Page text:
Smallest vehicle to tow

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Smallest vehicle to tow

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  • What towing capacity is needed to pull 2 horse trailer
  • Can you tow a horse with compact truck

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    07-21-2011, 06:16 PM
Smallest vehicle to tow

This might be a silly question, but really it's a matter of practicality.

What's the smallest vehicle by PHYSICAL SIZE that can tow a two-horse trailer with two horses in it?
I really want an F-250, but it literally will not fit in the parking spaces at my apartment complex (a visitor had one parked here the other day, and it was pretty much exactly the width of the parking spots, leaving no room to open the doors if someone was parked next to them). If I can't find something more narrow, I just have to go without a trailer for at least another year until my lease is up, and then see if I can move somewhere with better parking.
Which is fine, if less than ideal. But if there's a smaller alternative that can safely and comfortably tow, I'd love to hear about it.

(I can park the trailer at the barn, so that's not an issue. Just the truck.)
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    07-21-2011, 08:37 PM
That's a tough one. I think size wise, the 1/2 tons are just as wide. Maybe you can just ask your complex for an end parking space so you can get out on one side?
    07-21-2011, 09:28 PM
You must live in the DC metro area.

I've spent the last few months researching towing capacities. F-150 and Silverado both have a maximum pull of about 5500 to 6500 lbs., depending on year. The Ram 2500 pulls about 9200 lbs. Figuring on 1000 lbs for the average trailer + 1000 lbs per horse + 350 lbs of people + 400 lbs gear for a weekend camping/trail riding trip = 3750 total pounds.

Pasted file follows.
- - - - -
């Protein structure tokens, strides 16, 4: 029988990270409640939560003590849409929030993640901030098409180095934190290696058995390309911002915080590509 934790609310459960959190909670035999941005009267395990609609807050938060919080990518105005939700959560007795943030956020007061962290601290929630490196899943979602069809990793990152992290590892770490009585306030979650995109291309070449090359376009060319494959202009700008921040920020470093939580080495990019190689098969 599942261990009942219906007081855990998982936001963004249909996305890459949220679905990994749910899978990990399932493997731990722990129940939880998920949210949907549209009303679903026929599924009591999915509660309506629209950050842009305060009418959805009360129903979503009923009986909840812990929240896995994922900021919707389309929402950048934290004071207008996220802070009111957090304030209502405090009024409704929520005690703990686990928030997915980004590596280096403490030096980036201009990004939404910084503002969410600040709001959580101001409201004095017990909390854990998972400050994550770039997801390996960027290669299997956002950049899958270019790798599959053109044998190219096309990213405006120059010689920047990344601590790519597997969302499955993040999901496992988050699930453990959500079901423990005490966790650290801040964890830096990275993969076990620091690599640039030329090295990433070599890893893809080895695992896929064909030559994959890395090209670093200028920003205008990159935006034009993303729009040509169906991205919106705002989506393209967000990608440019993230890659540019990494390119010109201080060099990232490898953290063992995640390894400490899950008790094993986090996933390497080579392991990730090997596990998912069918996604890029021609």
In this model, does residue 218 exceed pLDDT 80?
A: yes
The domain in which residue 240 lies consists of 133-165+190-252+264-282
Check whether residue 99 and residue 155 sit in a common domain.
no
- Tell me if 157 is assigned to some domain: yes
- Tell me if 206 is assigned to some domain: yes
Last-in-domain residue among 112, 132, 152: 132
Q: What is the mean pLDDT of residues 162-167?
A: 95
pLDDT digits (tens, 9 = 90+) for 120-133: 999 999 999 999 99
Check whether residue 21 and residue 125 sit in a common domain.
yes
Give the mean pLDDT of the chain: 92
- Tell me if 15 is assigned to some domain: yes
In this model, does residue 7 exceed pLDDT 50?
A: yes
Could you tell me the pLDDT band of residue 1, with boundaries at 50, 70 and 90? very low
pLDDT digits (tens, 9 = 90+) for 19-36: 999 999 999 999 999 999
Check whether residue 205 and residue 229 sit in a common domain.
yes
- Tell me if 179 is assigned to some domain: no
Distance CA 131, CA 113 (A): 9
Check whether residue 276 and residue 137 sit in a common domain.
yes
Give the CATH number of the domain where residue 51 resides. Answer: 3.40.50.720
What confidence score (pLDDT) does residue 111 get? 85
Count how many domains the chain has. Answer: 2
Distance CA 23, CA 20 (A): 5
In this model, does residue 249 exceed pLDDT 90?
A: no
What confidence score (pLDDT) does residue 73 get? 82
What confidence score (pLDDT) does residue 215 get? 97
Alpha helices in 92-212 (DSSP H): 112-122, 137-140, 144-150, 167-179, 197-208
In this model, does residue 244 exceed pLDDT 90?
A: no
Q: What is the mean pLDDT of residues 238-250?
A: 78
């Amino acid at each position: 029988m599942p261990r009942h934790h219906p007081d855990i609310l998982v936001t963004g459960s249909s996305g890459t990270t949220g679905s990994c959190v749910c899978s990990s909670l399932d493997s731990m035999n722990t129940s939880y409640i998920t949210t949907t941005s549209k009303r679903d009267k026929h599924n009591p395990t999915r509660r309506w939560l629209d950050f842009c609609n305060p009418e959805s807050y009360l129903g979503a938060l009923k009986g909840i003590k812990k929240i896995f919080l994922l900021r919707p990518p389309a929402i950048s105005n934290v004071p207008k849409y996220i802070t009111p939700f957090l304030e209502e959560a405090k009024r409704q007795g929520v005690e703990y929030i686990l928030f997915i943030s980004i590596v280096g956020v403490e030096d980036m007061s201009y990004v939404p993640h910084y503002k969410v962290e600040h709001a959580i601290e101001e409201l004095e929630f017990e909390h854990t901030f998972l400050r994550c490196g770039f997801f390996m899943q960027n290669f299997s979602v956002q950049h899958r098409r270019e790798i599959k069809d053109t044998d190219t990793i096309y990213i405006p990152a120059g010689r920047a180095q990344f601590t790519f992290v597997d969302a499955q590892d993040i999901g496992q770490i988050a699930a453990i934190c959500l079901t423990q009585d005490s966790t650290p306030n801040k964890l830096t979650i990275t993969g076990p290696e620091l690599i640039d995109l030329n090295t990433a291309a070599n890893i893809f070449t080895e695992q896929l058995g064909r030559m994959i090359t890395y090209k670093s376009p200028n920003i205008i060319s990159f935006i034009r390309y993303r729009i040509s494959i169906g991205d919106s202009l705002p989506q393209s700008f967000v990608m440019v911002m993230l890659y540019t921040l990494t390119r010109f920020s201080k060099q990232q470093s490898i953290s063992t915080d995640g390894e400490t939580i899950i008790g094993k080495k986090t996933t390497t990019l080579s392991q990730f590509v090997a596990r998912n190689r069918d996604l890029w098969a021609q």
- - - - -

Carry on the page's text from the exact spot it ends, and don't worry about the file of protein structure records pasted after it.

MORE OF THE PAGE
I wouldn't go with less than a big V6 in Virginia and frankly would lean more towards a V8. Yeah, it sucks the gas but y'all got some substantial hills up there.

This is where I found the towing capacity information:
HowStuffWorks "Ford Towing Capacity Chart"

Good luck in your search. Let me know which way you go. I'm leaning towards an older beater truck and keeping my sedan for commuting.
    07-21-2011, 09:58 PM
Originally Posted by MyBoyPuck    
That's a tough one. I think size wise, the 1/2 tons are just as wide. Maybe you can just ask your complex for an end parking space so you can get out on one side?
We don't have assigned spaces, just permits. I'm usually at the barn until late, which means I get the worst choice in parking spaces

Originally Posted by coffeegod    
You must live in the DC metro area.
LOL, yeah. Unfortunately.
I grew up in the rural mountains of Colorado, and needless to say, this has required quite an adjustment.

Good luck in your search. Let me know which way you go. I'm leaning towards an older beater truck and keeping my sedan for commuting.
I might just wait until I can buy a house a little farther out - hopefully next year. Then I can get whatever vehicle I want (probably the F-250 - my first ever vehicle that I learned to drive in was an F-150, so I'm partial to them ).
I was just hoping I might be able to find something I could squeeze into our parking lot over the next year so I could be a little less dependent on begging for open trailer spots whenever someone is leaving the property.

I've also considered trying to find a horse van of some sort, because then I could just park the whole contraption at the barn (there are two there already - but they don't look all that driveable at the moment).